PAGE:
Court Affirms Lagos Govt’s Powers to Regulate Real Estate Transactions


A Federal High Court in Lagos has affirmed the powers of the Lagos State Government to regulate the practices of real estate transactions within the state.

In a statement signed by the state Attorney-General and Commissioner for Justice, Mr. Moyosore Onigbanjo (SAN), a judgment delivered on March 22, 2021 by Justice Chukwujekwu Aneke of the Federal High Court, struck out the originating motion filed by the Estate Surveyors And Valuers Registration Board of Nigeria (ESVARBON) and the Nigeria Institution of Estate Surveyors And Valuers (NIESV) to challenge Lagos State Government’s authority to regulate the market sector.

The applicants – ESVARBON and NIESV had filed the suit against the Lagos State Government and the State’s Attorney General and Commissioner for Justice, who were listed as first and second respondents, respectively.

The first applicant claimed that as the ‘sole body’ created by the law in Nigeria to determine persons who are to become Estate Surveyors and Valuers by virtue of Section 2 of the Estate Surveyors and Valuers Registration Board of Nigeria Act Cap E13 LFN 2007 and Section 1 (3) of the 1999 Constitution, it was unconstitutional for the state government to create an entity known as the Lagos State Estate Agency Regulatory Authority (LASRERA) that compels registration of all Estate Surveyors and Valuers practicing in the state.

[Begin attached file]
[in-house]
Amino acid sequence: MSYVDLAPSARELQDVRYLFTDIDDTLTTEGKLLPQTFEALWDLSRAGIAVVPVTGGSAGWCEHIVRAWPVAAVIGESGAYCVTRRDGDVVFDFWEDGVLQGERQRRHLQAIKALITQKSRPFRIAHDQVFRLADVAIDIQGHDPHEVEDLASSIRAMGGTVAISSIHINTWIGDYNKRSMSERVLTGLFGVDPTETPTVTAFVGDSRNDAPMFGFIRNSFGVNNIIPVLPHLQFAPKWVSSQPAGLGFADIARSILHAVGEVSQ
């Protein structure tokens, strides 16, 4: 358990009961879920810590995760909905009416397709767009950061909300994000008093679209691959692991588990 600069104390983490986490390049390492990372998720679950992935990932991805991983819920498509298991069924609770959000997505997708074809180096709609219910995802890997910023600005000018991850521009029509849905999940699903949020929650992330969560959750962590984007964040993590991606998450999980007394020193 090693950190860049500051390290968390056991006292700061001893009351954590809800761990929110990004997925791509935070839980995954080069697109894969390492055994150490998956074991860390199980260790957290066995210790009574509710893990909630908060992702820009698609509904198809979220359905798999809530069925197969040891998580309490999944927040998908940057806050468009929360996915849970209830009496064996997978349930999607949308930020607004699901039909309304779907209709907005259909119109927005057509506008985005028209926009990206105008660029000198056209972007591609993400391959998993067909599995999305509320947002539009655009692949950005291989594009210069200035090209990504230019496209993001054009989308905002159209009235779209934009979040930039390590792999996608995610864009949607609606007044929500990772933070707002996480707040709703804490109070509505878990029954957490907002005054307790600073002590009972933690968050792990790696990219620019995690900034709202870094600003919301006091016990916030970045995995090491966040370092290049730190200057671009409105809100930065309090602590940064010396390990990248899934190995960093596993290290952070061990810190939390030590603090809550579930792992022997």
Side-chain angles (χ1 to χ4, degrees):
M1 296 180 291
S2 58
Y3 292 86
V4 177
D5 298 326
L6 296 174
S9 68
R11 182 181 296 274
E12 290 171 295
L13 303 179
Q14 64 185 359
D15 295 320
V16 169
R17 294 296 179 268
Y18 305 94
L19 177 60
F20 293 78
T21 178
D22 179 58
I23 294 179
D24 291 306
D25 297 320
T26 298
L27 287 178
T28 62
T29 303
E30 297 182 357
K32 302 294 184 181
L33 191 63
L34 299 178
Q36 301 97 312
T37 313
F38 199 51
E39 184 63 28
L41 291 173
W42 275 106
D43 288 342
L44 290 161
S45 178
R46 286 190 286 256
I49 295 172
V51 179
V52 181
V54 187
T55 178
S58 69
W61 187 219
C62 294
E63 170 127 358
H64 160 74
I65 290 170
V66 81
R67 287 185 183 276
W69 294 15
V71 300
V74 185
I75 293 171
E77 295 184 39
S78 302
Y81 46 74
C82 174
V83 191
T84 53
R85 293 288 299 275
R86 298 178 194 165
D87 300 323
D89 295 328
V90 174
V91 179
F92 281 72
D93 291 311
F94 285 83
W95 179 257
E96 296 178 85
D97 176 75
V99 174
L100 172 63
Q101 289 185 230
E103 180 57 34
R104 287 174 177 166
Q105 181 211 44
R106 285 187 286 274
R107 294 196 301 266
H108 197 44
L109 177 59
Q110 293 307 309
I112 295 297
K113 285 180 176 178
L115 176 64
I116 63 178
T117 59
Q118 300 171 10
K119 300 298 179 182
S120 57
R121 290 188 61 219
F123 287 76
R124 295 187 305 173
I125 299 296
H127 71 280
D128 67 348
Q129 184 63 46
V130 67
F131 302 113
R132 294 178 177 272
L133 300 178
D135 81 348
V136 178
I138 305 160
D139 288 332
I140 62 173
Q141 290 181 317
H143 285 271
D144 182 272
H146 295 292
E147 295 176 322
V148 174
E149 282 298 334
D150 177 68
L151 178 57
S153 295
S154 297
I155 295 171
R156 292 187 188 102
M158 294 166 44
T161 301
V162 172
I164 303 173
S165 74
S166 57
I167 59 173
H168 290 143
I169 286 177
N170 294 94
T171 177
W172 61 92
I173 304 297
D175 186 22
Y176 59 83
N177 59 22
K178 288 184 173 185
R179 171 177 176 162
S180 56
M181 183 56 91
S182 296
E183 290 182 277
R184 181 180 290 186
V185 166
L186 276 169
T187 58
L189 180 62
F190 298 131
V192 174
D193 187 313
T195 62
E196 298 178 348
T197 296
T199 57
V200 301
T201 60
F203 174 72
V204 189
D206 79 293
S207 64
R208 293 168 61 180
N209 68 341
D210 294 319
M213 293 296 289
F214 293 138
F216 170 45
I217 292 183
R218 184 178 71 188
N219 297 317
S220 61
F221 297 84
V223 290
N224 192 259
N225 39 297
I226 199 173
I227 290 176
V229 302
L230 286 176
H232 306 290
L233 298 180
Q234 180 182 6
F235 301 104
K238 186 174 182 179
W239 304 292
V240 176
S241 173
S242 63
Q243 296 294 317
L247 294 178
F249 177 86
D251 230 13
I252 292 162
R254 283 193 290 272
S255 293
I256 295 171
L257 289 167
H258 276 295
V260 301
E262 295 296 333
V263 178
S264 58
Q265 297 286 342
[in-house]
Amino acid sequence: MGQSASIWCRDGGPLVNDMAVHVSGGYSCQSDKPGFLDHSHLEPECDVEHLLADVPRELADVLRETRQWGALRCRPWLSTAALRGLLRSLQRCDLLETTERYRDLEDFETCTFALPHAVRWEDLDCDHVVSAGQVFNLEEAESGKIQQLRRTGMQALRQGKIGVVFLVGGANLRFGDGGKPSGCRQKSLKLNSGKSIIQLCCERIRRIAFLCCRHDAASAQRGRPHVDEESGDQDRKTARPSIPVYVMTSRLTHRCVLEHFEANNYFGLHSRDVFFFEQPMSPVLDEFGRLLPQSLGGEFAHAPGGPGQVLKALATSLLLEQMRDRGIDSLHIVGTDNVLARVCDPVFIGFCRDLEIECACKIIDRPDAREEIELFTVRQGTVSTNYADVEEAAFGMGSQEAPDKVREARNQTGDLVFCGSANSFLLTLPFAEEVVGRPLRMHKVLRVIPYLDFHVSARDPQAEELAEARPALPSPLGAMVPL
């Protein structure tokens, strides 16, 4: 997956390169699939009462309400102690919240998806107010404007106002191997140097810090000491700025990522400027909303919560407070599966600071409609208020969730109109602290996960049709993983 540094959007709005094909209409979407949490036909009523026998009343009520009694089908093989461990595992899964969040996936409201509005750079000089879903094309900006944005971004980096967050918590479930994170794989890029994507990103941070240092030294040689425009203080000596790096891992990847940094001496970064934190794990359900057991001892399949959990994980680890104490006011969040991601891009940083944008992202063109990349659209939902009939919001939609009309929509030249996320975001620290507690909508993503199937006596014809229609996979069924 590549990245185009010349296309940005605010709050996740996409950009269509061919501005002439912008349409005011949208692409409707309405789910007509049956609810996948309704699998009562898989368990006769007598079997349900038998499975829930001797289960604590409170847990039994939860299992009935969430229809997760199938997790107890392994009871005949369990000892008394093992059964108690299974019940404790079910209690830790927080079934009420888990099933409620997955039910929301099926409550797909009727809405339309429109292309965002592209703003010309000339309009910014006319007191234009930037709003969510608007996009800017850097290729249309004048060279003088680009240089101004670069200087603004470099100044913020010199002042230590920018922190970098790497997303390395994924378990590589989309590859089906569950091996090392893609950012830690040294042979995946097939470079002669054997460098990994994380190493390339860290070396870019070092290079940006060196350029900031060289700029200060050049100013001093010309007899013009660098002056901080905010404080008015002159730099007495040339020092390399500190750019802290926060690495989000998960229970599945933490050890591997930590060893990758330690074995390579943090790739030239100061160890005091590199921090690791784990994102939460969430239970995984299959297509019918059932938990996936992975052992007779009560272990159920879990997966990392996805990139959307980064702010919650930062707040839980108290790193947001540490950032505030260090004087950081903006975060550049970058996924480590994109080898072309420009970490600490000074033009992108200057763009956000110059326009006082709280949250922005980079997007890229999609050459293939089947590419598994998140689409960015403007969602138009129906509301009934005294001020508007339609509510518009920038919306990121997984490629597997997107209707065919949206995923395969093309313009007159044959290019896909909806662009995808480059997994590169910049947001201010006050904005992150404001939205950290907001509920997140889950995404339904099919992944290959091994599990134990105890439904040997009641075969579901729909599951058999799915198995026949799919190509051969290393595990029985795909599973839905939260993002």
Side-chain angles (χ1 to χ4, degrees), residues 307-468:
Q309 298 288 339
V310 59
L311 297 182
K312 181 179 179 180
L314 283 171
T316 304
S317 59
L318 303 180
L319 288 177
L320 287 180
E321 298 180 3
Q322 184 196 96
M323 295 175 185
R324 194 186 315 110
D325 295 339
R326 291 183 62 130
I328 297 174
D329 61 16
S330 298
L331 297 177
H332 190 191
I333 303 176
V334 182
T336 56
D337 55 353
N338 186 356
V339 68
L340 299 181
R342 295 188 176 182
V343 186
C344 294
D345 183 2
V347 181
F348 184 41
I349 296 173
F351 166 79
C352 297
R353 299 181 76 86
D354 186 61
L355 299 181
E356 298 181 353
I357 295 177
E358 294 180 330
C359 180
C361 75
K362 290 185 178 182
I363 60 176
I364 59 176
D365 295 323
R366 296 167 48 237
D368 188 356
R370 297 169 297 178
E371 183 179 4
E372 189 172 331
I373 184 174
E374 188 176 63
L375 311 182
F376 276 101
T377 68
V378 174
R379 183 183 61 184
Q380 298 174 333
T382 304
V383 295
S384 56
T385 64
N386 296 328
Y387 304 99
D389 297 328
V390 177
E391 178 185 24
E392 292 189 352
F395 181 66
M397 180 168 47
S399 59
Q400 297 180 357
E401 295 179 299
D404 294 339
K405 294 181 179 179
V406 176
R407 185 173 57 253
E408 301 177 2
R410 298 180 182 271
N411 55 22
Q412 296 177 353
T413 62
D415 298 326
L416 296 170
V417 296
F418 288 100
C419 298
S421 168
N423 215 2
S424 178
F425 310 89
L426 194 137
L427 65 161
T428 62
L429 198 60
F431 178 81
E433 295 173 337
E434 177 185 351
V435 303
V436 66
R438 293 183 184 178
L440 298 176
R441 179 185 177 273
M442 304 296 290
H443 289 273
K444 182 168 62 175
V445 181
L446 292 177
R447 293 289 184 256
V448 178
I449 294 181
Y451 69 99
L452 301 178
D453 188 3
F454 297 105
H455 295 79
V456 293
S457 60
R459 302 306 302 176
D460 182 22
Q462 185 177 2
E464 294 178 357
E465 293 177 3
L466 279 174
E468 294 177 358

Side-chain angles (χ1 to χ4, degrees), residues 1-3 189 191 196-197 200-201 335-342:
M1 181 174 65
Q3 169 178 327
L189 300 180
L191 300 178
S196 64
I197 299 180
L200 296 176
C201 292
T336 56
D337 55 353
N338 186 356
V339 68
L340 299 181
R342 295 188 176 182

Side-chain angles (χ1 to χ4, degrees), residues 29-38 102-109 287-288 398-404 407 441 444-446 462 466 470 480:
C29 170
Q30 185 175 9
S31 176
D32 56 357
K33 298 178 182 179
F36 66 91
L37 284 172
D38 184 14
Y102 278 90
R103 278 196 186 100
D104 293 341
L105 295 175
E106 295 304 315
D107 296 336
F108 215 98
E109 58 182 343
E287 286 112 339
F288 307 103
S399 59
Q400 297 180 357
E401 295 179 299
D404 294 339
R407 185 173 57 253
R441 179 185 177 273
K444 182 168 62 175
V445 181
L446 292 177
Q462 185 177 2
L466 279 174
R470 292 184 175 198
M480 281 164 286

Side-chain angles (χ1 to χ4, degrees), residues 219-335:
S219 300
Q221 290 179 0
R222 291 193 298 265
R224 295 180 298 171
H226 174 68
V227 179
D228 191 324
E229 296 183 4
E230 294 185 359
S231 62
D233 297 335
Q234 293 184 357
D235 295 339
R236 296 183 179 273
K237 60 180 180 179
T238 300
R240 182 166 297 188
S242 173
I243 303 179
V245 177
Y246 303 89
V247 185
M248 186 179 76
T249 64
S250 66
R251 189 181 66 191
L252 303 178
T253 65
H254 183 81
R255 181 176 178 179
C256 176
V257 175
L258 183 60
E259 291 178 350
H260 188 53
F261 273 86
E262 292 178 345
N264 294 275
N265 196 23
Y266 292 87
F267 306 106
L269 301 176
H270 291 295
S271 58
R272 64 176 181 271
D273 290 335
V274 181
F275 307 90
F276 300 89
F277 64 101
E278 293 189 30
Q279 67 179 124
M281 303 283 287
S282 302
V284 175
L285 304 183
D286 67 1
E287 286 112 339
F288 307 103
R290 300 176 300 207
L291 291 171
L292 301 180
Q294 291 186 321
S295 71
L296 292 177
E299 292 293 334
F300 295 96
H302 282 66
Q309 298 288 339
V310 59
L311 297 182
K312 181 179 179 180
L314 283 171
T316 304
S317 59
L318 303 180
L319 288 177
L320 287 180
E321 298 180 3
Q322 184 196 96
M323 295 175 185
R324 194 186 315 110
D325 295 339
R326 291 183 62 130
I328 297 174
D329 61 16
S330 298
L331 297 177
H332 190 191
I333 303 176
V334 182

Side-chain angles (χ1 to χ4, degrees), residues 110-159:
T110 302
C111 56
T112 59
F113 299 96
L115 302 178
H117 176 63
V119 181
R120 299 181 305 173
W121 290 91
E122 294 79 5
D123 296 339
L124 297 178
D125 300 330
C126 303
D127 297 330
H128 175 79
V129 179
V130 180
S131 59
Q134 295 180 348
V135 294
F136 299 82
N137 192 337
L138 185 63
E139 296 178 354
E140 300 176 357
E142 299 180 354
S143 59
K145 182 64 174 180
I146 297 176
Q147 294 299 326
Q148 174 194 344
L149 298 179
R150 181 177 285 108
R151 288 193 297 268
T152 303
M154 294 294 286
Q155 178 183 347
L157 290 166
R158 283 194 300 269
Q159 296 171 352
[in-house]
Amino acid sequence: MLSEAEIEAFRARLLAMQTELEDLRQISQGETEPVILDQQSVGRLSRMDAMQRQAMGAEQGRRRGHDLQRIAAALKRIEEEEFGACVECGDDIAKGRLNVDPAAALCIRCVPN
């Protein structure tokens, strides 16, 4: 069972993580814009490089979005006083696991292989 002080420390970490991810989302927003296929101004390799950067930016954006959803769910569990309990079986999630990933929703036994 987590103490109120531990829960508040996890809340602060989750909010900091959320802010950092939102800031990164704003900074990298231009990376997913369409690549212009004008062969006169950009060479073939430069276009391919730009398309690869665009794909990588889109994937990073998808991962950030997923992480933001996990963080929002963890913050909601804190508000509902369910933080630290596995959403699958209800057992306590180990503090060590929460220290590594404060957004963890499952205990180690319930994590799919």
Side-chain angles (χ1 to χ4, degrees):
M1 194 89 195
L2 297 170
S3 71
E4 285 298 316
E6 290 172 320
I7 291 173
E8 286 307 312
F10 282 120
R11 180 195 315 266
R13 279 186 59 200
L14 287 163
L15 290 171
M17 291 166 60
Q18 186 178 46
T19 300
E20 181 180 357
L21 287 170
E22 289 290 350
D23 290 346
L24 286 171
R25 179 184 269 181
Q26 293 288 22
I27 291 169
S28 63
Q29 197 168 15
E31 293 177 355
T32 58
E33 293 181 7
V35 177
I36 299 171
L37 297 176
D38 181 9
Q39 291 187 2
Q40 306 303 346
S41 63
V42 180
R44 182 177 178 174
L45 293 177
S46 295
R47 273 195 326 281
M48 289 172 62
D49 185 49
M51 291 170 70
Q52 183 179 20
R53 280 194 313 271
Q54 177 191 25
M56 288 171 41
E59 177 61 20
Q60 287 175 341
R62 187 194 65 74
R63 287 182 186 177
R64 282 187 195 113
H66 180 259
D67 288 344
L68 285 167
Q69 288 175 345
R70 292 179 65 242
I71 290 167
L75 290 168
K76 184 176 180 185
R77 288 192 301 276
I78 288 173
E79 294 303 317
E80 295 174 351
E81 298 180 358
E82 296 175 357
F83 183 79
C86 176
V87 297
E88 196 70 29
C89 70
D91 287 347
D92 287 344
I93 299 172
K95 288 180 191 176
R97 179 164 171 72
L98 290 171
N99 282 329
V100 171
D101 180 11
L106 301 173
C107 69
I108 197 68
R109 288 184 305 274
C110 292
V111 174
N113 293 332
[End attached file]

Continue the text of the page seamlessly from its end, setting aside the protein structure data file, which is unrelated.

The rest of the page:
The applicants had also argued that under Section 4 (6) – (9) of the 1999 Constitution (as amended) or any other Section or Schedule of the same Constitution, the Lagos State House of Assembly lacked the legislative power to enact bill to regulate the practice of estate surveying and valuation.

Consequently, the applicants sought an order of the court restraining the respondents whether by themselves, agents, servants and/or privies from implementing, enforcing, in any way or manner whatsoever and howsoever giving effect or further effect to the directives of compulsory registration with Lagos State Government.

They also asked the court to restrain the respondents from continuing to interfere or usurp the office or statutory duties of the 1st applicant as provided for by the Law under any guise whatsoever and howsoever in the registration or regulation of the 2nd applicant’s members in Lagos State.

Besides, the applicants urged the court to award N10, 000,000 against the respondents being the cost for prosecuting the action in Court.

In a considered judgment, Justice Aneke struck out the originating motion and upheld the powers of the Lagos State Government to establish a Regulatory Agency for Estate Agents trading in Lagos State.

By the ruling, the Lagos State Government called on all practitioners to abide by the Lagos State Estate Agency Regulatory Authority Law and register.

According to the government, “the Law is to protect the general public and ensure genuine persons and organisations possess the required platform to practice their trade.”